“Now for Prosperity!”

Evident in every contemporary history of the First World War is an optimism that this “Great War” was the last that humanity would ever fight, and that its survivors had lived through the climax of history. From the introduction to Around the World With a Camera:

“Around the world with a camera visiting every nation under the sun! Who would not like to make such a trip in safety and in ease? It is a journey but few of us could make during the Great War, when every country was thronged with spies, making the use of a camera forbidden except by official photographers.”

“‘The World’s Greatest War’ has terrible significant. It means the largest armies ever assembled, the fiercest battles ever fought, the most cruel atrocities ever committed and the most splendid valor ever shown.

It has been impossible to realize that millions of men have been fighting against each other to the very death. It seems incredible that war should have involved nearly all the civilized nations of the Europe, extending across the seas to Japan and even touch Canada in the Western Hemisphere, and the United States.

And the most rigid censorship was established against newspapers photographers and correspondents; yet they were able to secure photographs, sketched and information which the public so eagerly awaited.

For hundreds of years to come the world’s interest will be centered in the four years through which we have just passed. Art and literature, economic and social advancement, in fact every activity of human endeavor will be influenced by this greatest of all epochs to an extent which we are unable to appreciate today because of our inability to obtain a comprehensive perspective. Unborn generations will peruse ‘Around the World With a Camera’  with an interest far greater than our own.”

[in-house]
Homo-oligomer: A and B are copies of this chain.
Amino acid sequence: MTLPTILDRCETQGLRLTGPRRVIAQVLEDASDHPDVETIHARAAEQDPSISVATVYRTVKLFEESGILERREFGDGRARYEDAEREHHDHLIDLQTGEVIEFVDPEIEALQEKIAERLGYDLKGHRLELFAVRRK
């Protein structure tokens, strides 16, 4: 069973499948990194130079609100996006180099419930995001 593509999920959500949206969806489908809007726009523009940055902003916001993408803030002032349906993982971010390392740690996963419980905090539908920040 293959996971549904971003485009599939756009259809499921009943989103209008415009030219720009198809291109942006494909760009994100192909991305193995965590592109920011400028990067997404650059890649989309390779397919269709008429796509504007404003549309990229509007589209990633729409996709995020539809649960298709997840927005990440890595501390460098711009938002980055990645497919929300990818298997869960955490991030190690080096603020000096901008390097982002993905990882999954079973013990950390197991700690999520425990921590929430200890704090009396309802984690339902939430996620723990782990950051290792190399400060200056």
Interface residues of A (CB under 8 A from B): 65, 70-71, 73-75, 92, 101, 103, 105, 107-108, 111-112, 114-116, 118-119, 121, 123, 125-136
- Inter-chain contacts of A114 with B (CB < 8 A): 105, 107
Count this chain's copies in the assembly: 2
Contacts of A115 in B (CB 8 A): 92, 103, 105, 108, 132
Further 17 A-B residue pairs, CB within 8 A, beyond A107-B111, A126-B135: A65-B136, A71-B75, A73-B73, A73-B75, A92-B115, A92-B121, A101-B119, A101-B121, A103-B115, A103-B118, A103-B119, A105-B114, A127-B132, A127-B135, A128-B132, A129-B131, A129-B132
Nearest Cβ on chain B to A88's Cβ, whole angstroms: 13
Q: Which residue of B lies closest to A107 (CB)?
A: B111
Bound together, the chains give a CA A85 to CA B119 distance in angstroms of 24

It’s easy to mockingly dismiss this optimism — after all, in 1920 World War II was less than two decades away. But it is important to remember that in 1914 Europe had been at peace for half a century, and the absolutely unprecedented scale and destruction of the Great War stunned the world. Around the World With a Camera’s forecast of a future of perpetual peace and prosperity is much harder to dismiss as hopeless naivety in its contemporary context of a world exhausted by the costliest war in history.

Around the World With a Camera showcases amazing illustrations and photography from all fronts of the war:

“The Grey Fighters of the Atlantic Fleet Reach Home: Ship for ship, man for man, and gun for gun, this long line of super-dreadnoughts and other battle craft is second to none in the world. This unusual photograph of the fleet as it entered New York harbor was made from an airplane flying over the ships. Admiral Henry T. Mayo, commander of the Atlantic Fleet, has been made commander-in-chief of the United States Fleet, thus giving him the command of the Pacific Fleet as well as that of the Atlantic.”

Sketches from the front.

“An Anxious Moment for One Boche: Coming out of his dugout the Hun prisoner wonders if Americans, French, British or Italians are waiting for him, and also what will be the attitude of his visitors upon meeting. Seldom does the camera record a more interesting study in facial expression than it caught as this German gave himself up to a Scotch soldier.”

An expressive sketch of a French and American soldier.

An expressive sketch of a French and American soldier.

French recruiting poster: “Come to the Aid of the Soldiers from Alsace-Lorraine’ — men from the ‘lost provinces.'”